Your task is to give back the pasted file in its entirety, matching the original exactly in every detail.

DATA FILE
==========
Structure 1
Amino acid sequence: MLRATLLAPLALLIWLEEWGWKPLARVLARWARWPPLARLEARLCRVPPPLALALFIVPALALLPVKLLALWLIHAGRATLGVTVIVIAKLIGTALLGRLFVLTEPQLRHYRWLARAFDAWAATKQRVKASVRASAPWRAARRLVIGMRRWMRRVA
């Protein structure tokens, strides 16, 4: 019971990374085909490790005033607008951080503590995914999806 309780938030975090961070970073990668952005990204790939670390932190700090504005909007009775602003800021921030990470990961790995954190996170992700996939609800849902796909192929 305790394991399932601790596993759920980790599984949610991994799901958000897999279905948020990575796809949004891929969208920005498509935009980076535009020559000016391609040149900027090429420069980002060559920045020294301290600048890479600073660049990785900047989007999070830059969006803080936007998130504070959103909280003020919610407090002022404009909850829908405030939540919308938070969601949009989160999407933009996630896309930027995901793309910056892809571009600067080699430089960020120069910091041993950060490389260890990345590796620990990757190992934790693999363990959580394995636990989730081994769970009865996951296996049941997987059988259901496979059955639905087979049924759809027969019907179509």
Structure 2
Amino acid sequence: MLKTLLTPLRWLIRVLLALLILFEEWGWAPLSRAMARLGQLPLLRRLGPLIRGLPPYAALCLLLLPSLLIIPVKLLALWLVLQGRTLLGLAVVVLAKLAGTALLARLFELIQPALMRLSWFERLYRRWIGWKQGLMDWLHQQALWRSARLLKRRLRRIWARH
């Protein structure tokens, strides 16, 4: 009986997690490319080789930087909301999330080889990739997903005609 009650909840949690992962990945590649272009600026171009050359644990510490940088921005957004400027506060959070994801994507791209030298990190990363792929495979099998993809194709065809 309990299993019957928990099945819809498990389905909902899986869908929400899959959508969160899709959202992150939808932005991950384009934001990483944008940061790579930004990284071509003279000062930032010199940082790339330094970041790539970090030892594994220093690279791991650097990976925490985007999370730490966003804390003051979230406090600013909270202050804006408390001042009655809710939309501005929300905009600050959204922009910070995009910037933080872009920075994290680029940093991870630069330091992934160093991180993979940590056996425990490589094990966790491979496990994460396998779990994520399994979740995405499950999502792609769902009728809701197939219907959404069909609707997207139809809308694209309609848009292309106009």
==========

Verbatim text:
Structure 1
Amino acid sequence: MLRATLLAPLALLIWLEEWGWKPLARVLARWARWPPLARLEARLCRVPPPLALALFIVPALALLPVKLLALWLIHAGRATLGVTVIVIAKLIGTALLGRLFVLTEPQLRHYRWLARAFDAWAATKQRVKASVRASAPWRAARRLVIGMRRWMRRVA
């Protein structure tokens, strides 16, 4: 019971990374085909490790005033607008951080503590995914999806 309780938030975090961070970073990668952005990204790939670390932190700090504005909007009775602003800021921030990470990961790995954190996170992700996939609800849902796909192929 305790394991399932601790596993759920980790599984949610991994799901958000897999279905948020990575796809949004891929969208920005498509935009980076535009020559000016391609040149900027090429420069980002060559920045020294301290600048890479600073660049990785900047989007999070830059969006803080936007998130504070959103909280003020919610407090002022404009909850829908405030939540919308938070969601949009989160999407933009996630896309930027995901793309910056892809571009600067080699430089960020120069910091041993950060490389260890990345590796620990990757190992934790693999363990959580394995636990989730081994769970009865996951296996049941997987059988259901496979059955639905087979049924759809027969019907179509």
Structure 2
Amino acid sequence: MLKTLLTPLRWLIRVLLALLILFEEWGWAPLSRAMARLGQLPLLRRLGPLIRGLPPYAALCLLLLPSLLIIPVKLLALWLVLQGRTLLGLAVVVLAKLAGTALLARLFELIQPALMRLSWFERLYRRWIGWKQGLMDWLHQQALWRSARLLKRRLRRIWARH
């Protein structure tokens, strides 16, 4: 009986997690490319080789930087909301999330080889990739997903005609 009650909840949690992962990945590649272009600026171009050359644990510490940088921005957004400027506060959070994801994507791209030298990190990363792929495979099998993809194709065809 309990299993019957928990099945819809498990389905909902899986869908929400899959959508969160899709959202992150939808932005991950384009934001990483944008940061790579930004990284071509003279000062930032010199940082790339330094970041790539970090030892594994220093690279791991650097990976925490985007999370730490966003804390003051979230406090600013909270202050804006408390001042009655809710939309501005929300905009600050959204922009910070995009910037933080872009920075994290680029940093991870630069330091992934160093991180993979940590056996425990490589094990966790491979496990994460396998779990994520399994979740995405499950999502792609769902009728809701197939219907959404069909609707997207139809809308694209309609848009292309106009």